Another week of good weather has allowed for great progress to be made across the region; many more producers have finished their harvest operations while others are very close to being done. Producers in the region have 87 per cent of the crop in the bin, well ahead of the five-year average of 75 per cent for this time of year. Producers were very nervous about a potentially long harvest, but thankfully, the weather has cooperated and they were able to get large amounts of their crop off without experiencing large losses due to frost or an early snowfall.
Like the rest of the province, very little precipitation was received and while that helped harvest progress it has also caused topsoil moisture to decline. Cropland topsoil moisture is rated as 63 per cent adequate, 36 per cent short and one per cent very short. Hay and pasture land topsoil moisture is rated as 55 per cent adequate, 44 per cent short and one per cent very short.
Yield estimates across the region appear to be very good and many producers are extremely happy with what they are seeing go into their bins. Hard red spring wheat is yielding 55 bu/ac, oats 113 bu/ac, barley 81 bu/ac, flax 30 bu/ac and canola 42 bu/ac. Some producers of course saw lower yields either due to drier conditions or complications earlier in the growing season.
Due to some rainfall in the end of August and early September, the region is seeing a lower amount of spring wheat being graded as 1CW. Quality ratings for hard red spring wheat has been reported as 67 per cent 1CW, 30 per cent 2CW and three per cent 3CW.
The majority of crop damage this week was due to wind blowing around swaths, waterfowl and wildlife. Farmers are busy combining, harrowing, spraying weeds, baling, and hauling bales.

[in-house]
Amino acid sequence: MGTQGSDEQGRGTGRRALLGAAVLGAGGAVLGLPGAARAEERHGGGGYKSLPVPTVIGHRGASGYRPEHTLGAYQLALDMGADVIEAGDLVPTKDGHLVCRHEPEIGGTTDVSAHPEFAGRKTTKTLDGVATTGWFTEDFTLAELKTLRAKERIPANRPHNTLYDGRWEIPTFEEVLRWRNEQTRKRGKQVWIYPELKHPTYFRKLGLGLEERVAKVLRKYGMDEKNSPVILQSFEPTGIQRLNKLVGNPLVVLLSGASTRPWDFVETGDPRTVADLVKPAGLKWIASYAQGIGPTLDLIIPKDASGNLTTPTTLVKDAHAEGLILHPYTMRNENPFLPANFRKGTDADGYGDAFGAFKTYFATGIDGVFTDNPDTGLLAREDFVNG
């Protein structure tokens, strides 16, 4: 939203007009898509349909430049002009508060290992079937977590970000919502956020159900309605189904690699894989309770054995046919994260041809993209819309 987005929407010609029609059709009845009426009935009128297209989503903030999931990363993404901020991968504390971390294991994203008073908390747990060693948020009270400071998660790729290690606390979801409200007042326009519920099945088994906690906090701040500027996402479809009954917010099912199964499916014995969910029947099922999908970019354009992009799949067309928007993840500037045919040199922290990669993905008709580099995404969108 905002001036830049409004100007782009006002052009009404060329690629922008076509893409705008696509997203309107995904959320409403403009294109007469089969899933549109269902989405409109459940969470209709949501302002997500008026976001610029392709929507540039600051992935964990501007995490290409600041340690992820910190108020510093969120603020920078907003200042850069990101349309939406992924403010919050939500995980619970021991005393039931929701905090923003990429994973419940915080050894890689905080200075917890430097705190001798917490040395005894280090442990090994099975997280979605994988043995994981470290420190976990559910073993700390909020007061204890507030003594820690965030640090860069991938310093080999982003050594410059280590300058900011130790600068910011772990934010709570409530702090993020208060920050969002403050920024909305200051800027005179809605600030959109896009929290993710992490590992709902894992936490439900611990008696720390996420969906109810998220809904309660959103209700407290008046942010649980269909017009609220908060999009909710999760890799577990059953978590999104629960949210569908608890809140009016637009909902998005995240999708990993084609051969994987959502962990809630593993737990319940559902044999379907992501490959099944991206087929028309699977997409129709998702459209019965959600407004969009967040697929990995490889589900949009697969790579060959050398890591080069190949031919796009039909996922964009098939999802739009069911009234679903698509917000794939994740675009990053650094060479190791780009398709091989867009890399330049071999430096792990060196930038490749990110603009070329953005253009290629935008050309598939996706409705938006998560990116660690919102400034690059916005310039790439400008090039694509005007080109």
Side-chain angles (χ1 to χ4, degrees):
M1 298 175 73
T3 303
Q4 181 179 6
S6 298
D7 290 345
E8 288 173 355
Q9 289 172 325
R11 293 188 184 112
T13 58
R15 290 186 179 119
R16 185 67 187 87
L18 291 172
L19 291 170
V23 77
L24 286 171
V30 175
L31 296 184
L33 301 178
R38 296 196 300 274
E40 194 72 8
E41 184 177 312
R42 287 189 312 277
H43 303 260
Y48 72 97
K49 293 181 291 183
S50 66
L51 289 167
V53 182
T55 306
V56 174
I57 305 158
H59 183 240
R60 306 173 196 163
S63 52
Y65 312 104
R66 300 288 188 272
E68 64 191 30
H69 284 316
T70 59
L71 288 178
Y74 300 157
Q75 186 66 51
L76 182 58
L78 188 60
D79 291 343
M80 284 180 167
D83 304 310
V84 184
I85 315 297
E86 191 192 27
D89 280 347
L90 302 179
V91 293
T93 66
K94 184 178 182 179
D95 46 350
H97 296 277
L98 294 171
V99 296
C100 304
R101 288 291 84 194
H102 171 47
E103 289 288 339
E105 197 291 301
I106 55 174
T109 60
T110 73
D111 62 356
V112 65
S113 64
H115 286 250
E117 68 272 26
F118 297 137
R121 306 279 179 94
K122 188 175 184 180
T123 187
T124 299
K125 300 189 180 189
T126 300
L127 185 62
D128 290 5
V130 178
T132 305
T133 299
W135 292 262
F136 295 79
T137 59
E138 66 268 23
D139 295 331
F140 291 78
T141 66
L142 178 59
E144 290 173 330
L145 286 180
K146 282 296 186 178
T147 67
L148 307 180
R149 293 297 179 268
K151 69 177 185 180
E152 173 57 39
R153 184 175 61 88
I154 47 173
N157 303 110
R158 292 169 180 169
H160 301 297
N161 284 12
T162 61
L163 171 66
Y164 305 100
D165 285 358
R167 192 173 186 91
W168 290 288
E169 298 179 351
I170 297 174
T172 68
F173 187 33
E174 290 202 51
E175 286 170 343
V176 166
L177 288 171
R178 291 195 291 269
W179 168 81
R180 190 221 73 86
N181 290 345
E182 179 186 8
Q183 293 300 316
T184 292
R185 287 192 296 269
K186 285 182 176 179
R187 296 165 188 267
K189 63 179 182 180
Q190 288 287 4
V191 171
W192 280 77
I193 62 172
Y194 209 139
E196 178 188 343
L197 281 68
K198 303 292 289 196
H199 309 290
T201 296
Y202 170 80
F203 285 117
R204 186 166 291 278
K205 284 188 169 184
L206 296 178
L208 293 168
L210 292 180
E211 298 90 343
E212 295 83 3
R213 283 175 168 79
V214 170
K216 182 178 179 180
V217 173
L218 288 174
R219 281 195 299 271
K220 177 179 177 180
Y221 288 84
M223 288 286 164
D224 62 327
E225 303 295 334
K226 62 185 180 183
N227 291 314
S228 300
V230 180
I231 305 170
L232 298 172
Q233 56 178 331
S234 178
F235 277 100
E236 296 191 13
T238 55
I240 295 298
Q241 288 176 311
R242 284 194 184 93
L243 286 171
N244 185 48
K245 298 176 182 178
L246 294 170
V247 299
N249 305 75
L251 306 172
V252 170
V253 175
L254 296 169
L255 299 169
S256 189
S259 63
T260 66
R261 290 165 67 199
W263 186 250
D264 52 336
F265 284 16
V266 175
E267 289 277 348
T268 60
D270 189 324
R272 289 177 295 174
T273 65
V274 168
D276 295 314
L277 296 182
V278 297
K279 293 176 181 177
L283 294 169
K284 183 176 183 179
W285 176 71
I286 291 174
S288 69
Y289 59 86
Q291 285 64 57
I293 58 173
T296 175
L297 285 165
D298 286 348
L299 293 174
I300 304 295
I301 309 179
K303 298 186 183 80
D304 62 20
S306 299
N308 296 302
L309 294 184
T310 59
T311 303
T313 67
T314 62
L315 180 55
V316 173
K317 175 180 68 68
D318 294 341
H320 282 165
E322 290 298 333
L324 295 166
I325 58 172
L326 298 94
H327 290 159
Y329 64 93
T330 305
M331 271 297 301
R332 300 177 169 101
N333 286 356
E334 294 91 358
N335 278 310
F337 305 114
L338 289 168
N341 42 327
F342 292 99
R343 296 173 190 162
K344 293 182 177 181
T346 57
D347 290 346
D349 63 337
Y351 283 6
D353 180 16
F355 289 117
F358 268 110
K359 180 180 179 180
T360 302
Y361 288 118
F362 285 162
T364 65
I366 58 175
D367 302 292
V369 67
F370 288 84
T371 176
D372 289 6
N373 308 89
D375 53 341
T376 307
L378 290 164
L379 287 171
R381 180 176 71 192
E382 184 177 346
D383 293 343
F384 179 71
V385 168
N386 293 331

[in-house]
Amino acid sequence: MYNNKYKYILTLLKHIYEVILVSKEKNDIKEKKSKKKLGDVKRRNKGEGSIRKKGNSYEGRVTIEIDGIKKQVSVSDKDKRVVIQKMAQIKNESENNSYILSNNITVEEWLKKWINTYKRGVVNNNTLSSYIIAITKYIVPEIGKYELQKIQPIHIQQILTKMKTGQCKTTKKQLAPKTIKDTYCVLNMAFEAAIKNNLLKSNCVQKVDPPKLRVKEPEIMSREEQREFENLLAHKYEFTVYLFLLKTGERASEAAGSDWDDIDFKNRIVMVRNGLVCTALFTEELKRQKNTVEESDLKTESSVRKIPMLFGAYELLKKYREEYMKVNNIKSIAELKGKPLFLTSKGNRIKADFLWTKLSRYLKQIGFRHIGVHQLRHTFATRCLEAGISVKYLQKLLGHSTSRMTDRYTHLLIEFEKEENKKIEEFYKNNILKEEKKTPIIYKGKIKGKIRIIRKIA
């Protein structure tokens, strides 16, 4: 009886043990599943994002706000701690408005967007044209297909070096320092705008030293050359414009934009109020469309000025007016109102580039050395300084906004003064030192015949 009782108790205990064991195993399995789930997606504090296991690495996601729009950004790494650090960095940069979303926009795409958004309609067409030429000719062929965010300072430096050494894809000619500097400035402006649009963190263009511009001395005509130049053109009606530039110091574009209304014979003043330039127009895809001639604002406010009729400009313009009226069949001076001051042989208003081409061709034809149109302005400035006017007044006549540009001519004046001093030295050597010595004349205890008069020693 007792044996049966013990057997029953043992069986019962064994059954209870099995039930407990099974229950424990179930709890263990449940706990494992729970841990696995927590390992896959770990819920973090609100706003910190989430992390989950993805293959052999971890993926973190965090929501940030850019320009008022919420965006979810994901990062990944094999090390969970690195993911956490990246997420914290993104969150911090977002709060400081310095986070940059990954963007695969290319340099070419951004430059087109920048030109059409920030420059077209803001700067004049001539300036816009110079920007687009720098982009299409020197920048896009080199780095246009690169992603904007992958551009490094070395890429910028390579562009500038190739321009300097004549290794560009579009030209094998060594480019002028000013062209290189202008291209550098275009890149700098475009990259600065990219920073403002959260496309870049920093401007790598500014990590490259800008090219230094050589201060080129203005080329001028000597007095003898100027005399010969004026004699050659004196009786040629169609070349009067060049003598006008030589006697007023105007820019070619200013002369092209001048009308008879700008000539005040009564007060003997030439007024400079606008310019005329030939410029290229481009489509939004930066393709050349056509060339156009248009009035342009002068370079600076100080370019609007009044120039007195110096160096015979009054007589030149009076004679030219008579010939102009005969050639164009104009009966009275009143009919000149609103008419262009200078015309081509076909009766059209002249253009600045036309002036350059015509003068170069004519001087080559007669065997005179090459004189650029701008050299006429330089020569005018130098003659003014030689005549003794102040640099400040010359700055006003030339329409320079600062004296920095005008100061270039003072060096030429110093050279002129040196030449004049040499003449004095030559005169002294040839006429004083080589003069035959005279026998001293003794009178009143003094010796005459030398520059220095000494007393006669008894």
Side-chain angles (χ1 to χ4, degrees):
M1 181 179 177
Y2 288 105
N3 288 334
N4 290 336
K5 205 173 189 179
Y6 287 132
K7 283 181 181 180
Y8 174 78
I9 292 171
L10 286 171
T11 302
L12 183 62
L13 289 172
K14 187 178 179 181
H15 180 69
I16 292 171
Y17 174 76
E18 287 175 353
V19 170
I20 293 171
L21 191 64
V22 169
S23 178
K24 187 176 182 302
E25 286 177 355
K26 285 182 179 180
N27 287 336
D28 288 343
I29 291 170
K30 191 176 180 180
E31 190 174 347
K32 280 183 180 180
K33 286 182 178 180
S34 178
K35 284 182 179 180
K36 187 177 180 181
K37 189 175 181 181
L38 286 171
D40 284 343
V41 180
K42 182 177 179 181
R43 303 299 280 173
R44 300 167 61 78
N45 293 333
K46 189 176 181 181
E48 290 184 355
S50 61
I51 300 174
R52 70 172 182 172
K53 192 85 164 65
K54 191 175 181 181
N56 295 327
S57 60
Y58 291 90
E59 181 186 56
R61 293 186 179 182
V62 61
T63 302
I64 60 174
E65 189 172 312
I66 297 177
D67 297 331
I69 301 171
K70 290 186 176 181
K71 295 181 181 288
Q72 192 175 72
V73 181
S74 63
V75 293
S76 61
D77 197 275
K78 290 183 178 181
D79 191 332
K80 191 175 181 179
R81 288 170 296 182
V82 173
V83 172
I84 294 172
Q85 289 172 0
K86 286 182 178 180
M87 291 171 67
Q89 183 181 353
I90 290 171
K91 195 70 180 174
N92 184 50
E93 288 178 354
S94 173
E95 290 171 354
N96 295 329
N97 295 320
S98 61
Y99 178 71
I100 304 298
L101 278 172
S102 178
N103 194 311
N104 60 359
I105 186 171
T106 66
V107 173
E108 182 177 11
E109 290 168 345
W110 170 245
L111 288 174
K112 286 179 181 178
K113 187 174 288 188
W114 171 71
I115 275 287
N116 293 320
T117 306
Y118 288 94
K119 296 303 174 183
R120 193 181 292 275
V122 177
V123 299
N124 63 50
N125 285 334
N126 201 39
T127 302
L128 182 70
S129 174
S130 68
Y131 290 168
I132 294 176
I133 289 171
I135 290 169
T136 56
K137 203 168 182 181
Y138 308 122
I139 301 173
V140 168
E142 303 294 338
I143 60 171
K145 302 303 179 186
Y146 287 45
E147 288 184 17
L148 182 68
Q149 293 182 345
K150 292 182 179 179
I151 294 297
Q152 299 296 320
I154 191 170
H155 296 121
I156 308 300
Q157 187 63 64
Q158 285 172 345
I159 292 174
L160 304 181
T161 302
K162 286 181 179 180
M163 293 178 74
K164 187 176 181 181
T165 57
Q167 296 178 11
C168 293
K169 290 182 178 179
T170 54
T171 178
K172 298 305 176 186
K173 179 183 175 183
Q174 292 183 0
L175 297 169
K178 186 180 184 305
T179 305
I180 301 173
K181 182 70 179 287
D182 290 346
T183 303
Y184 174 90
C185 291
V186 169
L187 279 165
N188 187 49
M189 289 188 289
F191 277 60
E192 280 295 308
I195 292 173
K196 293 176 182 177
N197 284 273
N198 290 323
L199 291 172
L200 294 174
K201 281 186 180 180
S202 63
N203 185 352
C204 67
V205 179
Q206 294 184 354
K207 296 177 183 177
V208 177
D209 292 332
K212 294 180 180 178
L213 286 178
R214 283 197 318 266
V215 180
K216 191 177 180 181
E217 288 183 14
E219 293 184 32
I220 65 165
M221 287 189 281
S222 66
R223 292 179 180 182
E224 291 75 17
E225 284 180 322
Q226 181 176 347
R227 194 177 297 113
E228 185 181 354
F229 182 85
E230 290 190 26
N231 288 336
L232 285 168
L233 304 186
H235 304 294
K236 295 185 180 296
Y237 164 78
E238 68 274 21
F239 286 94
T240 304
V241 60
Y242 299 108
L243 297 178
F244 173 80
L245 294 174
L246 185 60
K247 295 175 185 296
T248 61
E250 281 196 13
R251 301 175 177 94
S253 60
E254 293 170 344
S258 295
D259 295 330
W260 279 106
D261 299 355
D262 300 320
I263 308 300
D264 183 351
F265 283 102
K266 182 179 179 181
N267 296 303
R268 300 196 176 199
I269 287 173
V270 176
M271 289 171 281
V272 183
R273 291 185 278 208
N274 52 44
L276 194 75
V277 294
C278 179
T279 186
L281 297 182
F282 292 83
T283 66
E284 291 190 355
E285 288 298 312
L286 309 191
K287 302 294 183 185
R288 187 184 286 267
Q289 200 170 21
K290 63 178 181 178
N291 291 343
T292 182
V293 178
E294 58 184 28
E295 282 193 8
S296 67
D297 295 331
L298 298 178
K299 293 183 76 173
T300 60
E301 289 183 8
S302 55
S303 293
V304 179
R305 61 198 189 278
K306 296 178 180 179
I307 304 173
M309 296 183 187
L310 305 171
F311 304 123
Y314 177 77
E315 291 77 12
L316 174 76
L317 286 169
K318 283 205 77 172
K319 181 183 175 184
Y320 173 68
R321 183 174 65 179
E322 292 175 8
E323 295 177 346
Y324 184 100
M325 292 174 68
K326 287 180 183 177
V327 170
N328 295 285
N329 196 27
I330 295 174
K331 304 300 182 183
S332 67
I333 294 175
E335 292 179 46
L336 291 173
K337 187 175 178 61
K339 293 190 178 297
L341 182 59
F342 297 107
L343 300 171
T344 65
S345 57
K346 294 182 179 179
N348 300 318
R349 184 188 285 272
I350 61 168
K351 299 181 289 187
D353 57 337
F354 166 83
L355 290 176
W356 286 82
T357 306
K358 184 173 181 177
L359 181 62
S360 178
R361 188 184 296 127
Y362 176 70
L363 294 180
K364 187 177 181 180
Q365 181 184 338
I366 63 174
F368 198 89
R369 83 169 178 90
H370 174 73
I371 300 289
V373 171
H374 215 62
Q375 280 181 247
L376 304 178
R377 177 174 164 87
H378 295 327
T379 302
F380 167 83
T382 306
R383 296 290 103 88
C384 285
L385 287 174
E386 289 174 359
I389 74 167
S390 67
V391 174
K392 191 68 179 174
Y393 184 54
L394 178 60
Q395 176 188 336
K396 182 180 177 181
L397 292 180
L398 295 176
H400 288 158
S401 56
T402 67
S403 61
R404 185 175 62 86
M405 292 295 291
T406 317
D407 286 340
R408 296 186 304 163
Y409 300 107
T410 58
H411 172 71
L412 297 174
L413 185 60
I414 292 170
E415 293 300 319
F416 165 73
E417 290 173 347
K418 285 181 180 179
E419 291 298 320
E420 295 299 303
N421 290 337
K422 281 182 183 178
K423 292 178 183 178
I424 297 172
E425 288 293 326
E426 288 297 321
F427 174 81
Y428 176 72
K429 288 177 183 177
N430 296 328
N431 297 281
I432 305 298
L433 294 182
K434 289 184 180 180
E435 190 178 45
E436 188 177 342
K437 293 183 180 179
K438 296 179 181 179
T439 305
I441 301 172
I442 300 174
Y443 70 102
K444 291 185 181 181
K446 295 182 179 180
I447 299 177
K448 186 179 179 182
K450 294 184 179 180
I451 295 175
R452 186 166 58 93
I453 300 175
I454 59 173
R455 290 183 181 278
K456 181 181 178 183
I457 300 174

Producers in this region took advantage of great weather over the past week and have got 94 per cent of the crop in the bin, this is well ahead of the five-year average of 60 per cent. This region has experienced some difficult harvest conditions in the past few years with too much rain or even snow causing multiple issues. It is encouraging to see that producers have been able to wrap up harvest without too many major weather-related issues. Conditions are extremely dry and producers would like to receive rain soon and have it keep raining for a multiple days.
It was another very dry week across the region with only trace amounts of precipitation being reported. While the region saw more rainfall this year, it did not take long before the moisture dried up; cropland topsoil moisture is rated as 15 per cent adequate, 62 per cent short and 23 per cent very short. Hay and pasture land topsoil moisture is rated as 13 per cent adequate, 59 per cent short and 19 per cent very short.
Even though much of the region experienced multiple weeks between rains, crop yield estimates are much higher than expected by many producers. Hard red spring wheat is yielding 53 bu/ac, oats 100 bu/ac, barley 74 bu/ac, flax 30 bu/ac and canola 40 bu/ac. Hard red spring wheat is also rated as 79 per cent 1CW, 20 per cent 2CW and one per cent 3CW.
The majority of crop damage this week was due to wind, wildlife and waterfowl. Wind has been blowing swaths around but has also helped to dry some of the crop in the field.
Farmers are busy combining, drying grain and moving bales.